That case is now titled West Bay One v. Does 1,653, 1:10- cv-00481-RMC, U.S. District Court, District of Columbia (Washington).

The new case is West Bay One Inc. v. Wisniewski, 1:11-cv- 00913-MJG, U.S. District Court, District of Maryland (Baltimore).

Go Daddy Founder Tries to Halt Elephant-Kill Video Posting

The founder of Go Daddy Group Inc., the world’s largest registrar of domain names, is sending out copyright infringement notices over a video of him shooting an elephant in Zimbabwe, DomainNameWire.com reported.

Bob Parsons of Scottsdale, Arizona-based Go Daddy, who had granted permission “quite liberally” to those who asked, according to a company statement, was demanding that those who posted the video without authorization “remove it, as per relevant copyright law.”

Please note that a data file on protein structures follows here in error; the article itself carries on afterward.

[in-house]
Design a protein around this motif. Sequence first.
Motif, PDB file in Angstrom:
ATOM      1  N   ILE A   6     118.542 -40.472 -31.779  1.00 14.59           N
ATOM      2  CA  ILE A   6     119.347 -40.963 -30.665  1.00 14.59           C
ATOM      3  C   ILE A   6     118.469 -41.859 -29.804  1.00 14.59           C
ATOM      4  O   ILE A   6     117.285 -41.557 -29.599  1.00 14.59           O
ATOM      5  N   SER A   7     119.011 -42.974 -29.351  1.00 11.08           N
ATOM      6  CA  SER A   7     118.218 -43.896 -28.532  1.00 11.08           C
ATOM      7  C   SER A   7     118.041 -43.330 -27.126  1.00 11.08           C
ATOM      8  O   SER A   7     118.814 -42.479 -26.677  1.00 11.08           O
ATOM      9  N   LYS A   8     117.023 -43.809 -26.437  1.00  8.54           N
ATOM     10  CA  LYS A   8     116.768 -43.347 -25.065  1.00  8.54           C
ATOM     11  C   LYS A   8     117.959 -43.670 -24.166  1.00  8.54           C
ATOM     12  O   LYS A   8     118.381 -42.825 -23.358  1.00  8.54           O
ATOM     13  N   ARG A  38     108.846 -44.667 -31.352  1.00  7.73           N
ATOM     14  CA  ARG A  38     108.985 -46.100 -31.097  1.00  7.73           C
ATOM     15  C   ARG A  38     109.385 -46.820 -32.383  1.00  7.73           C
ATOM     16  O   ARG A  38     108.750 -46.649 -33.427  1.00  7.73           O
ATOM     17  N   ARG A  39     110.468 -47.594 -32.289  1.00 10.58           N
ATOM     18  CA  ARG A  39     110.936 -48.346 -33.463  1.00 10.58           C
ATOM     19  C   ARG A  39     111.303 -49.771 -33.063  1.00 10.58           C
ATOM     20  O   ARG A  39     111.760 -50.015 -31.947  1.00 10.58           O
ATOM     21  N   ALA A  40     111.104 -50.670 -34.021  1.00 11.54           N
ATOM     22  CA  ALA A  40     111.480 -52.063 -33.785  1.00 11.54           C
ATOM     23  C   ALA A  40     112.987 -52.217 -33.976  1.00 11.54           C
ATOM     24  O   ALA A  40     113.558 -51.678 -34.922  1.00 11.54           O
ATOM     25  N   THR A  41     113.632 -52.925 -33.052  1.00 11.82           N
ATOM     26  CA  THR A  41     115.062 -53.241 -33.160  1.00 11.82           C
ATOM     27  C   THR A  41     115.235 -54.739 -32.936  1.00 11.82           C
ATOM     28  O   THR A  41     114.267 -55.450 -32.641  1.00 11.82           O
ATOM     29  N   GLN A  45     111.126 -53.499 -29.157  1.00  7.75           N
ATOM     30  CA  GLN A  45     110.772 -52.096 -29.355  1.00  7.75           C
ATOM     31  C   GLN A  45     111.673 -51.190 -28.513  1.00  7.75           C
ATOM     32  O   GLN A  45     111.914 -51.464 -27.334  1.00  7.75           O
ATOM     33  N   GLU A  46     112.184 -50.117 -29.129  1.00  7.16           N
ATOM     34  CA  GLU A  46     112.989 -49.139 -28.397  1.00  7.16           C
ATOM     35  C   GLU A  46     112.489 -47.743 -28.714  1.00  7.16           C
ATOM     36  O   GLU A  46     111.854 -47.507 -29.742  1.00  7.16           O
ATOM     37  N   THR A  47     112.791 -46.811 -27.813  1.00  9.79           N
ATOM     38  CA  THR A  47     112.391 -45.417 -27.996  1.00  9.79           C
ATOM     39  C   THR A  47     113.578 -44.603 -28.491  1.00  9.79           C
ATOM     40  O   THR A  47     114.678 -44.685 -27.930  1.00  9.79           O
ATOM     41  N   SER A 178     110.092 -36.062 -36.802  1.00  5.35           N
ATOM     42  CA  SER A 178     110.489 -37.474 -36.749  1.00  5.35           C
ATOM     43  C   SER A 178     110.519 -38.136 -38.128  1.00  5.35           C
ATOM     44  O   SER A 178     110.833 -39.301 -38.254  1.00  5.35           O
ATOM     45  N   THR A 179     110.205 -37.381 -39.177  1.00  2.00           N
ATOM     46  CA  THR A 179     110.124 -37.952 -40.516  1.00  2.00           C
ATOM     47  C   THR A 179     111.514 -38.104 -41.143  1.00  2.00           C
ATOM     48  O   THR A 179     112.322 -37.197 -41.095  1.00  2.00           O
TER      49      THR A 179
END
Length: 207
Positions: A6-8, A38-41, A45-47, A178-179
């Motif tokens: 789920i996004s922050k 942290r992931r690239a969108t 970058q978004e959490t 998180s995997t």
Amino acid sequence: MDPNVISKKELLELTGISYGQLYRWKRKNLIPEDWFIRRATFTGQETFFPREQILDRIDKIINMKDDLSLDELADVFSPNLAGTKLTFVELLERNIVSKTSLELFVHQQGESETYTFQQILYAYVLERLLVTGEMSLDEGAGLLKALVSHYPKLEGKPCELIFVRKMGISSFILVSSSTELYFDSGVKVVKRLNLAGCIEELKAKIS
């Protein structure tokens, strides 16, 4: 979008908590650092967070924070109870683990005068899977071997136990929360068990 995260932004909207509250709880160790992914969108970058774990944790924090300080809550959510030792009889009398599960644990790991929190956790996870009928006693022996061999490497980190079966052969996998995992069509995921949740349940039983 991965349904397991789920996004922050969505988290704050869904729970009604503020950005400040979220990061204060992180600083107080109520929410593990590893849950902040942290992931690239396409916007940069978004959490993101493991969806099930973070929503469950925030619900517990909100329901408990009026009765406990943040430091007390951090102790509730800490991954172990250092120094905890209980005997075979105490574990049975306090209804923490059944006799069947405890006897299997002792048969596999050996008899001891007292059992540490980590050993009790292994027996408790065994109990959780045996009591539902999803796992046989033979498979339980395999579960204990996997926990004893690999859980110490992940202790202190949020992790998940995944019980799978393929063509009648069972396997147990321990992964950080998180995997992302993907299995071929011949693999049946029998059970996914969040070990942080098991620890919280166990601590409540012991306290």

BayTSP Inc., an anti-piracy investigator and enforcement company based in Los Gatos, California, has been sending out takedown notices on Parsons’ behalf to operators of sites that have permitted unauthorized posting of the video, according to DomainNameWire.com.

For more copyright news, click here.

Trademark

KBR Sued KBR Equity Partners, Claims Trademarks Infringed

KBR Inc. (KBR), the global engineering firm that is the largest contractor in Iraq, sued a Florida investment company for trademark infringement.

According to the complaint filed April 8 in Miami federal court, KBR Equity partners LLC of Miami operates a website using the KBR mark, and the investment company promotes itself to the public as KBR.

The Houston-based contractor said it has filed papers with the U.S. Patent and Trademark Office opposing the investment company’s attempt to register “KBR Equity Fund” as a trademark. The names are so similar as to “be confusing to a substantial number of actual and potential customers,” the company said in its pleadings.